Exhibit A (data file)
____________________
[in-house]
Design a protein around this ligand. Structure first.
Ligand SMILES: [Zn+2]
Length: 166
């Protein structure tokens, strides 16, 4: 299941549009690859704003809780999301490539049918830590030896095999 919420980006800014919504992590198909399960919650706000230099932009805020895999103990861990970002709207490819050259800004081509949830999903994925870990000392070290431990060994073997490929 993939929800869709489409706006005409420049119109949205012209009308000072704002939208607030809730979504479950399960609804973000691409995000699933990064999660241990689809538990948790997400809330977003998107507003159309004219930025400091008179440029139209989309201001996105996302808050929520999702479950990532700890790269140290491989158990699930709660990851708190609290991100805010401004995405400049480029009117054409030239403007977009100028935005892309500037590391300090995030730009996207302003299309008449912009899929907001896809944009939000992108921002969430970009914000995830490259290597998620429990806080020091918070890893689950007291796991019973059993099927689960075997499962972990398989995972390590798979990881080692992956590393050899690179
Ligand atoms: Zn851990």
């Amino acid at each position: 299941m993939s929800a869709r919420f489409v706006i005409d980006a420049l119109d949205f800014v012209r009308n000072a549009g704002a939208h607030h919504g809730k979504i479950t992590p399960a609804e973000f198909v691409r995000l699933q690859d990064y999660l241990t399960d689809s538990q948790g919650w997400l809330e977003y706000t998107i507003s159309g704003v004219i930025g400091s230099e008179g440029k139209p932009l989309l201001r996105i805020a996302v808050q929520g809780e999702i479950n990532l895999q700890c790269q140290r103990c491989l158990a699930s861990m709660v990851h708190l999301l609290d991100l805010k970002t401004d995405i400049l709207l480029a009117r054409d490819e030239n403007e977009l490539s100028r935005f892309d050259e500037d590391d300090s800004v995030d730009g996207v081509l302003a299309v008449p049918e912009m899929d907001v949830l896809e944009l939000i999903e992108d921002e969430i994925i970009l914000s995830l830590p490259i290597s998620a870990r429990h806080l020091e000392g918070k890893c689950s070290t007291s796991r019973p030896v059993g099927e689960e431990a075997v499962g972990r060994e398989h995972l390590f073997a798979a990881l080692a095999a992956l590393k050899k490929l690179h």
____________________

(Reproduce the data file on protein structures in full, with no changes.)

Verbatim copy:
[in-house]
Design a protein around this ligand. Structure first.
Ligand SMILES: [Zn+2]
Length: 166
């Protein structure tokens, strides 16, 4: 299941549009690859704003809780999301490539049918830590030896095999 919420980006800014919504992590198909399960919650706000230099932009805020895999103990861990970002709207490819050259800004081509949830999903994925870990000392070290431990060994073997490929 993939929800869709489409706006005409420049119109949205012209009308000072704002939208607030809730979504479950399960609804973000691409995000699933990064999660241990689809538990948790997400809330977003998107507003159309004219930025400091008179440029139209989309201001996105996302808050929520999702479950990532700890790269140290491989158990699930709660990851708190609290991100805010401004995405400049480029009117054409030239403007977009100028935005892309500037590391300090995030730009996207302003299309008449912009899929907001896809944009939000992108921002969430970009914000995830490259290597998620429990806080020091918070890893689950007291796991019973059993099927689960075997499962972990398989995972390590798979990881080692992956590393050899690179
Ligand atoms: Zn851990």
């Amino acid at each position: 299941m993939s929800a869709r919420f489409v706006i005409d980006a420049l119109d949205f800014v012209r009308n000072a549009g704002a939208h607030h919504g809730k979504i479950t992590p399960a609804e973000f198909v691409r995000l699933q690859d990064y999660l241990t399960d689809s538990q948790g919650w997400l809330e977003y706000t998107i507003s159309g704003v004219i930025g400091s230099e008179g440029k139209p932009l989309l201001r996105i805020a996302v808050q929520g809780e999702i479950n990532l895999q700890c790269q140290r103990c491989l158990a699930s861990m709660v990851h708190l999301l609290d991100l805010k970002t401004d995405i400049l709207l480029a009117r054409d490819e030239n403007e977009l490539s100028r935005f892309d050259e500037d590391d300090s800004v995030d730009g996207v081509l302003a299309v008449p049918e912009m899929d907001v949830l896809e944009l939000i999903e992108d921002e969430i994925i970009l914000s995830l830590p490259i290597s998620a870990r429990h806080l020091e000392g918070k890893c689950s070290t007291s796991r019973p030896v059993g099927e689960e431990a075997v499962g972990r060994e398989h995972l390590f073997a798979a990881l080692a095999a992956l590393k050899k490929l690179h």